Toxic masculinity, but make it makeup. This is the marketing angle for men’s makeup startup “War Paint” (tagline: “Make Up Design By Men, For Men”) seems to be banking on with its brand debut. It officially launched yesterday (May 8) with a video showing a Herculean, tattooed bro showering, à la Old Spice commercial. He then applies concealer before slipping on a skull ring.
The UK-based company, which told Quartz that it is not making comments at this time, immediately faced a mass groan from the internet. Some pointed out that its “War Paint” moniker was a sloppy rip on a Native American pre-battle practice; Twitter user Two Feet noted that the ad used his music without asking or crediting him.
Most critics, however, were concerned that the combative, macho man advertising was pandering squarely to male insecurities about using beauty products, something that cosmetic companies have been moving away from in recent years.
Interestingly, War Paint itself claimed the opposite, noting that its tactical, for-men-only branding was actually an attempt to create a gender-neutral line of makeup:
And toxic masculinity-accusations aside, War Paint appears to be building its brand on misguided messaging about the differences between male and female skin. Its site notes that “men and women’s skin are very much different. Men’s skin is naturally tougher, produces more sebum (natural oils) which means men’s skin is more naturally moisturized, however regular shaving causes dryness. The increased natural oils in men’s skin makes their skin more prone to blackheads and spots.”
Anthony M. Rossi, a dermatologist and assistant attending at the Memorial Sloan Kettering Cancer Center in New York, told Quartz over email that while there are “some biological differences between the skin and sebum production of men and women,” such as hormone-related sebum production, and a different density of hairs in the beard area, “it is still hard to say that all men would need a different type of makeup,” adding that women will differ amongst other women and between men as well.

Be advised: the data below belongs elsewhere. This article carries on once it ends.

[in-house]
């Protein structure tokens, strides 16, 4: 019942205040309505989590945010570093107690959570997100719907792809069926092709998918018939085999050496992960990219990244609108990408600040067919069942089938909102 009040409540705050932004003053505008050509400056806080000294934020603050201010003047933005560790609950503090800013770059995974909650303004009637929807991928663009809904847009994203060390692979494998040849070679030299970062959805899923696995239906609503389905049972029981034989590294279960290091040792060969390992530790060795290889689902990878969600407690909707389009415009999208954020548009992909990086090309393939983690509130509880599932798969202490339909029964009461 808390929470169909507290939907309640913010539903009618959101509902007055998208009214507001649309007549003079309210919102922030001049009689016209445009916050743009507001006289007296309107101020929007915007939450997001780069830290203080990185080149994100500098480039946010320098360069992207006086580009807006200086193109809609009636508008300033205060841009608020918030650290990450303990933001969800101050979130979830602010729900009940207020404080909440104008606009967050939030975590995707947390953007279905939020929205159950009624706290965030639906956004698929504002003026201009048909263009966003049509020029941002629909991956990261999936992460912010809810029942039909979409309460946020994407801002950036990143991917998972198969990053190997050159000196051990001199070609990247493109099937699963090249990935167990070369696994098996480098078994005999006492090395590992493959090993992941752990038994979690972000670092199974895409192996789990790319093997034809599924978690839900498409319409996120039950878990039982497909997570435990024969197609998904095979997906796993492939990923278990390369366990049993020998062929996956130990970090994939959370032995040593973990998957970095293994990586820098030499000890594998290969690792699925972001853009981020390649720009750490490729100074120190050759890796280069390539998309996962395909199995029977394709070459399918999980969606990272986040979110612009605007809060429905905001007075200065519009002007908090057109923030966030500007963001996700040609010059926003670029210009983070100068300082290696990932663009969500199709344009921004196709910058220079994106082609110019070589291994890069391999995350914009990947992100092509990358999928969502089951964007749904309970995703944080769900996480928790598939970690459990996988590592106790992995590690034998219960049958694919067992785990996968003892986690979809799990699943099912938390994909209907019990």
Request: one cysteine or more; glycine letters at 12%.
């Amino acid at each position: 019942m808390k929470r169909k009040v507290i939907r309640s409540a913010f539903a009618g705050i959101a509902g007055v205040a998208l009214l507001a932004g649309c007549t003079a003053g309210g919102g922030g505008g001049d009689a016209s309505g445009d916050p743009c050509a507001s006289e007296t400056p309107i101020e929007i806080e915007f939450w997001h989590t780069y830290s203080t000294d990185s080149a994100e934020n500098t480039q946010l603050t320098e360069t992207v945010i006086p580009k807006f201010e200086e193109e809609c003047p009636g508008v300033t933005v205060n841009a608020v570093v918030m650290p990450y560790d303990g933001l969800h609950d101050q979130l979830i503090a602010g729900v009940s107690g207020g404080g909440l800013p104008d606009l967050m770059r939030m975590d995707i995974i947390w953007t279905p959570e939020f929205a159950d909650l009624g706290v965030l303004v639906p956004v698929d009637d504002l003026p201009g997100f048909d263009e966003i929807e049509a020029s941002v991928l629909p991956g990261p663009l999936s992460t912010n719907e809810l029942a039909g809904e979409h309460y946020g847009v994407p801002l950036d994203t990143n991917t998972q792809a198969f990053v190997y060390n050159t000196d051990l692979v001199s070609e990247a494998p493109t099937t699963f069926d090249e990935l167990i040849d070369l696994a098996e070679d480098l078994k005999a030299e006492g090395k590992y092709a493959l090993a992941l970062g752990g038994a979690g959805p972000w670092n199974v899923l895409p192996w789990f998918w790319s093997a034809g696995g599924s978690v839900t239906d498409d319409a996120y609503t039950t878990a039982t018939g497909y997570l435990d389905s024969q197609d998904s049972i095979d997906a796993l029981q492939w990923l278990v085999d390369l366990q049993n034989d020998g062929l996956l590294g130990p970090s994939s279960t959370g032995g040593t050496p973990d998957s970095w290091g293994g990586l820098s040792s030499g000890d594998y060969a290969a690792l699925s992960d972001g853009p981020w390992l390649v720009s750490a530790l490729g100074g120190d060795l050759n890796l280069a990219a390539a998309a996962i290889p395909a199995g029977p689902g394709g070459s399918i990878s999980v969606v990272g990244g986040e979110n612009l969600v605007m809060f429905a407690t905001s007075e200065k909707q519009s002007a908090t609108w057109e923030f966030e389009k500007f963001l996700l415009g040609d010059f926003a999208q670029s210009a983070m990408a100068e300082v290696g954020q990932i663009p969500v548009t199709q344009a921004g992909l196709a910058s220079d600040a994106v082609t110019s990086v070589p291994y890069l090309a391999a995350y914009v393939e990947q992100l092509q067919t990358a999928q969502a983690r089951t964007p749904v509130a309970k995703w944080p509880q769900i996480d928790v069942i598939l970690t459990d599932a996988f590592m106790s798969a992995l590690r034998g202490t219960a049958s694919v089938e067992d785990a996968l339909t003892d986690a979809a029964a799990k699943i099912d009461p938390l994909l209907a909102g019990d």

Rossi also points out that most makeup is developed with similar ingredients, and that War Paint is no exception. “From the website it seems they add vitamin e and tea tree extract, but these still do not address the biological difference of men’s skin,” he says. The point being, that War Paint’s bronzer and concealer won’t necessarily work differently than something from CoverGirl.
Beauty for men is big business. Last year, Chanel launched its first men’s makeup line with three products called “Boy de Chanel.” The label said in a press release that it wanted to promote the idea that “beauty is not a matter of gender, it is a matter of style.” Other brands across the beauty industry are echoing this sentiment. Other major brands like CoverGirl and Maybelline have tapped male beauty gurus as spokespeople.
Likewise, men’s wellness and health companies have mostly abandoned the testosterone-soaked, shame-inducing marketing of male grooming products that dominated the early-aughts. You’ve seen those ads: The sad Rogaine-man pondering his disappearing hairline in the mirror; the meek Axe-man finding his mojo in a spray-deodorant.
Many brands—like Hims, Aesop, and Chanel—have been favoring an inclusive, gender fluid, or genderless approach to grooming products (of course, they’re also paying closer attention to what might resonate with audiences in 2019, so as to better serve their corporate interests). In spite of that, the message is ultimately one of empowerment: that you don’t have to identify with a certain gender to use our hairspray, lipstick, or lotion, and you don’t have to be ashamed of using those things in the first place. War Paint, meanwhile, is playing on a particular brand of male insecurity to sell its products, and while its unclear if that will resonate with some, it’s certainly striking many as a tone that’s out of step with the times.